Index: Recession Could Undo State Progress in Child Health, Well-Being
Although the health and well-being of California children have improved over the past 10 years, the recession threatens to undo some of that progress, according to an index released Tuesday by the Lucile Packard Foundation for Children's Health, the Riverside Press-Enterprise reports.
For the index, researchers tracked about 250 indicators between 1995 and 2006 and evaluated:
- Behavioral concerns;
- Educational achievement;
- Emotional well-being;
- Family economics; and
Overall, researchers found that child health and well-being jumped by about 16% in California.
The index identified gains for all factors except family economics, which declined significantly.
Researchers note that climbing poverty rates are likely to jeopardize California's recent gains in child health and well-being (Hines, Riverside Press-Enterprise, 12/15).
Kenneth Land, lead researcher and Duke University sociologist, estimated that poverty rates for California children could increase from 17% in 2007 to 27% in 2010. Land used patterns in projected unemployment trends to predict the child poverty rates.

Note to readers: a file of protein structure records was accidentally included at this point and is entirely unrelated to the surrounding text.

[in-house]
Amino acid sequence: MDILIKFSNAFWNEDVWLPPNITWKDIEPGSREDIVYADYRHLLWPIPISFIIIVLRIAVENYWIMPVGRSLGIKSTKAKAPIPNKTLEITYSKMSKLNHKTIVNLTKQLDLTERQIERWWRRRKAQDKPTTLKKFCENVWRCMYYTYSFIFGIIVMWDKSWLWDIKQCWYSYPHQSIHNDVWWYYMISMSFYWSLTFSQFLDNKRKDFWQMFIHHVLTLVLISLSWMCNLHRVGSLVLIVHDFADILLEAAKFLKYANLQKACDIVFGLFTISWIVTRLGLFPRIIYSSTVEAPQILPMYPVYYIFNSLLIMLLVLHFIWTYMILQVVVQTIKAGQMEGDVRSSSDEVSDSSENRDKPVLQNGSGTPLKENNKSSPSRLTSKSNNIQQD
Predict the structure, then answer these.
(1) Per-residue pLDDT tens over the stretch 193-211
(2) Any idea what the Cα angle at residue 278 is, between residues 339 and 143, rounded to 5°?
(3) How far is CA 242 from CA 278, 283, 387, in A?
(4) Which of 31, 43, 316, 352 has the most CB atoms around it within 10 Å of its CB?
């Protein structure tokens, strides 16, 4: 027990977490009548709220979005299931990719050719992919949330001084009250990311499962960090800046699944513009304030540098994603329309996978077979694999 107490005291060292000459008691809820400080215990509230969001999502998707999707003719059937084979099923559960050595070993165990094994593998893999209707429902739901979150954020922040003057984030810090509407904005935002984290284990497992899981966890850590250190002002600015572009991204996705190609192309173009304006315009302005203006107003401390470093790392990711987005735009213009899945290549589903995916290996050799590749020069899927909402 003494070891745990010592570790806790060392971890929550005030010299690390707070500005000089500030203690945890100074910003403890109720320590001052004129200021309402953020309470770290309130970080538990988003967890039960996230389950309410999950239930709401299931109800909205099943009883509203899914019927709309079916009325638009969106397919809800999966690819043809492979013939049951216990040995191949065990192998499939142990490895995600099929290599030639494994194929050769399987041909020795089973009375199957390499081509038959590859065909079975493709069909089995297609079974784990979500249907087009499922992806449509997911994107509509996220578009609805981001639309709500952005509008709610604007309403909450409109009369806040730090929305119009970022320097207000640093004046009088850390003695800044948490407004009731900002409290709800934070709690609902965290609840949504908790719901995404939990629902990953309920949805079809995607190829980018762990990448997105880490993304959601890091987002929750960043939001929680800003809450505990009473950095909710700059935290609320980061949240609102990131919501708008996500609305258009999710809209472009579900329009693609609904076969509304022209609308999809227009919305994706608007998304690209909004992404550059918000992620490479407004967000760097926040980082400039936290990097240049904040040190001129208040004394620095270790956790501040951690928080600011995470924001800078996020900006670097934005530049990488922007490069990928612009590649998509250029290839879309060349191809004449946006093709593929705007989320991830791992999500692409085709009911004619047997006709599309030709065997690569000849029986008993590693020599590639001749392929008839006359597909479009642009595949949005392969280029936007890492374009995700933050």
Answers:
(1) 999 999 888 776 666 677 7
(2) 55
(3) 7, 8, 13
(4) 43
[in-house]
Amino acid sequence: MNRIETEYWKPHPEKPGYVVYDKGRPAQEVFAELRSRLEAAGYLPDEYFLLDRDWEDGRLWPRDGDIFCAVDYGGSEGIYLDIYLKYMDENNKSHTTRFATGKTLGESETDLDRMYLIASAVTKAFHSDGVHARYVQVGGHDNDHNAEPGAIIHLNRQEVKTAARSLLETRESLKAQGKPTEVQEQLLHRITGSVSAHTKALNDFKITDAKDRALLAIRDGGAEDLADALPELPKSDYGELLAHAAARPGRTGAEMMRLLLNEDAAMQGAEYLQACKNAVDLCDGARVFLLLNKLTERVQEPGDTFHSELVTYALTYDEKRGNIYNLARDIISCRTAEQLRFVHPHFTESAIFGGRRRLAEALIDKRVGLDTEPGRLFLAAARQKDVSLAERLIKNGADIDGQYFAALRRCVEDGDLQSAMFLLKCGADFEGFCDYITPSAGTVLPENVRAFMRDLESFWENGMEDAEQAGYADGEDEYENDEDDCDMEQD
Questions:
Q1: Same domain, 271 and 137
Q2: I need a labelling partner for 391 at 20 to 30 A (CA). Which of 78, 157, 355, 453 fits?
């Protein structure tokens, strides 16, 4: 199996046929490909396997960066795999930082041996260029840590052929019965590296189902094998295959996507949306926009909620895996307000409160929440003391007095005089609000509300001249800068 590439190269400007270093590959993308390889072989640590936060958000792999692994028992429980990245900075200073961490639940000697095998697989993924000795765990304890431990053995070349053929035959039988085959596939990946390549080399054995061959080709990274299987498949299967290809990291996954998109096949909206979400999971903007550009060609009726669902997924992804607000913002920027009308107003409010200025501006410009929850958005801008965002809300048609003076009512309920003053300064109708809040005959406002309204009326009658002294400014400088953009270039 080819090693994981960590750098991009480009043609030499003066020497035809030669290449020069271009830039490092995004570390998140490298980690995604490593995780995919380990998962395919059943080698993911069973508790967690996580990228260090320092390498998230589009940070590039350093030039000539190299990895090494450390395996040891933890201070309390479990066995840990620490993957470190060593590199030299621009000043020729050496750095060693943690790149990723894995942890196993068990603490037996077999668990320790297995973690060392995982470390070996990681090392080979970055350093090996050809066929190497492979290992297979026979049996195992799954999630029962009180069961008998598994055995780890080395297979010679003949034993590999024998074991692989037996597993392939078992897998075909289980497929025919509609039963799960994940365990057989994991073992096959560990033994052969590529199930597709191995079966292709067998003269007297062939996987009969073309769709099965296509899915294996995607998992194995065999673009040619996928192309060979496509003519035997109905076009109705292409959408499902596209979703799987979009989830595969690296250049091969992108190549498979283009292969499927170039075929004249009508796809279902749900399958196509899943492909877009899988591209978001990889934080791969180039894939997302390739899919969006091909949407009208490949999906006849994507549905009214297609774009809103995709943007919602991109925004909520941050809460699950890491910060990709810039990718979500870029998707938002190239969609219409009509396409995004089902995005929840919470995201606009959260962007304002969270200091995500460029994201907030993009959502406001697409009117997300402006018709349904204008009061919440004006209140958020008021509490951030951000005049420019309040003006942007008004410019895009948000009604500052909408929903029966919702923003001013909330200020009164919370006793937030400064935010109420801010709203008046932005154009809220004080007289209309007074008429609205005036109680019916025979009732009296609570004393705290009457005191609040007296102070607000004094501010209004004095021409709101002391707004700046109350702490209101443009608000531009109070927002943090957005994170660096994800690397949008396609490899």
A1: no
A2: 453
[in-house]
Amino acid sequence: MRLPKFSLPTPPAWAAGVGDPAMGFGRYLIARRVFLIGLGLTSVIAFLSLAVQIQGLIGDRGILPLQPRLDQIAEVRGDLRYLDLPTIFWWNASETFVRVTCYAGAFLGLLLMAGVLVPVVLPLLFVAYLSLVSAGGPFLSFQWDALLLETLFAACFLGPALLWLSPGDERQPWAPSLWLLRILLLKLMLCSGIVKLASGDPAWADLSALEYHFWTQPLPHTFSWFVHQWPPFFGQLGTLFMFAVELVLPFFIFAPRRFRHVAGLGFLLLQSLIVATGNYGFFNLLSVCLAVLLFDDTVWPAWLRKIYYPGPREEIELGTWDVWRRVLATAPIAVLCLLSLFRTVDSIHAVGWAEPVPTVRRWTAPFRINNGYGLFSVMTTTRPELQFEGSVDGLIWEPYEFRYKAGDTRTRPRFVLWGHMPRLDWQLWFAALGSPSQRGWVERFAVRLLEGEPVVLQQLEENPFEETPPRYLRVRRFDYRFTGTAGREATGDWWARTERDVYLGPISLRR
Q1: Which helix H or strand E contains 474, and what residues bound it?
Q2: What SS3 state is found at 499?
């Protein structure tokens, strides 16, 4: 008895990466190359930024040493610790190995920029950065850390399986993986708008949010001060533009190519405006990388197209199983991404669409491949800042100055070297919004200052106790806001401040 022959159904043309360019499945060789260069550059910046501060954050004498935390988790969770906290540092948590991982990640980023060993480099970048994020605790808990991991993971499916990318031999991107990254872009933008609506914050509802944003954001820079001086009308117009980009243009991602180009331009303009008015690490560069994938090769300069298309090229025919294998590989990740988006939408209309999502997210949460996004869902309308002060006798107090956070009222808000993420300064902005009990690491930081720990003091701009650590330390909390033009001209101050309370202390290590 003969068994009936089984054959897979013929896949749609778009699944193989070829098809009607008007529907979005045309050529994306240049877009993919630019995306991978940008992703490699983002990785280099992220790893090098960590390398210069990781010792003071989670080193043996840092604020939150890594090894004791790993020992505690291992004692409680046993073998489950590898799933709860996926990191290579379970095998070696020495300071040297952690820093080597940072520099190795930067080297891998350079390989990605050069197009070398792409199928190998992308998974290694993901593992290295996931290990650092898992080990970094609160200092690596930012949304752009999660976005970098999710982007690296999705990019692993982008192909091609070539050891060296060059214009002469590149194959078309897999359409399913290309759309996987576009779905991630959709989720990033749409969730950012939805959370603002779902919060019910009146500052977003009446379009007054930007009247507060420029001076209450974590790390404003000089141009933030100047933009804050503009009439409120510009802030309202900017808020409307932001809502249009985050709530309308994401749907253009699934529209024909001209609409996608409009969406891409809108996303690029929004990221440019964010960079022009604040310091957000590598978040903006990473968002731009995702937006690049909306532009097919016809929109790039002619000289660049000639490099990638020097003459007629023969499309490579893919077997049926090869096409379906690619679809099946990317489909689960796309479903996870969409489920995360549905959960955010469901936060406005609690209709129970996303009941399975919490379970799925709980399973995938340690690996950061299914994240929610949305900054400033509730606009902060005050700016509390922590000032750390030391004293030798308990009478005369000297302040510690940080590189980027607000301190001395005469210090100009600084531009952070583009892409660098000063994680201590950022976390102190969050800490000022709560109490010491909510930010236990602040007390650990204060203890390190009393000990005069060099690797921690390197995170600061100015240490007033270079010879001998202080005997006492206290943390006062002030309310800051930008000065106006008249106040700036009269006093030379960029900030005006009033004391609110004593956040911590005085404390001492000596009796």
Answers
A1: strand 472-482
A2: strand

The researchers recommend that policymakers should strive to address child health and poverty issues to prevent the recession from counteracting more of California's progress.
The index identified similar gains in child health and well-being among Asians, blacks, Hispanics and whites.However, researchers note that although all groups made progress, black and Hispanic children still lag behind their Asian and white counterparts for several indicators of health and well-being (Sundaram, New America Media, 12/16). This is part of the California Healthline Daily Edition, a summary of health policy coverage from major news organizations. Sign up for an email subscription.